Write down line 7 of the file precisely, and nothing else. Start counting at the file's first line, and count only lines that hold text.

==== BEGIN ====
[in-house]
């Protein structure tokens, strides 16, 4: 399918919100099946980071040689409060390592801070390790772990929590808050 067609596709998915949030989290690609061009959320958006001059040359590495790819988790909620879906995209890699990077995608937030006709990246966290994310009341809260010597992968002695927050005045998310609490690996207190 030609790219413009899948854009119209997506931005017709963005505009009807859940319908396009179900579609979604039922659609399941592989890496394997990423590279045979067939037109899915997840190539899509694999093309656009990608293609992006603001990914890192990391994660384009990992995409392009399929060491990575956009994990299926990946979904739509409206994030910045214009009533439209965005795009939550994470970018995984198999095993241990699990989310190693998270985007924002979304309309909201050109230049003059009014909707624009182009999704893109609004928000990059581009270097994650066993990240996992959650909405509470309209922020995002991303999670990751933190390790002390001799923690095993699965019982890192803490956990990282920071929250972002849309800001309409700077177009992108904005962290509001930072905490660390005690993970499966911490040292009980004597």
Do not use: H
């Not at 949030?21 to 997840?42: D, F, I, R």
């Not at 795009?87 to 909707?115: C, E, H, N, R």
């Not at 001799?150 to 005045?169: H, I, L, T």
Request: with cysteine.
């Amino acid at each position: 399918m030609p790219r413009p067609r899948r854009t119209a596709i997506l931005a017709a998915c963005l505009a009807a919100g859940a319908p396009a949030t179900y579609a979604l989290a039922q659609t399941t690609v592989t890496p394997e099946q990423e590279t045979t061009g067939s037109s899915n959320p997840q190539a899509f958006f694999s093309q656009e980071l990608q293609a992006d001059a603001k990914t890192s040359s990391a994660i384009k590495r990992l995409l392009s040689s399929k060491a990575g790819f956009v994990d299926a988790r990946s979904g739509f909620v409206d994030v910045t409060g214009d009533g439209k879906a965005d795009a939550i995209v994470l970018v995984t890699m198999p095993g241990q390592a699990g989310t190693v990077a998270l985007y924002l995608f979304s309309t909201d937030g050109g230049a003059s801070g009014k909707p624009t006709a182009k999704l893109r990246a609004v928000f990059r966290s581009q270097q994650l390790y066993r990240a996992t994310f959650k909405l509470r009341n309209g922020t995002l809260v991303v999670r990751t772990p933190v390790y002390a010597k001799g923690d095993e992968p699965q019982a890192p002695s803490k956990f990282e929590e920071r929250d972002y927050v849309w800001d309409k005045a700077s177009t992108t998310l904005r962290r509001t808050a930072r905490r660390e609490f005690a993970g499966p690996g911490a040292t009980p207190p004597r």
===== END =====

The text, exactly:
Request: with cysteine.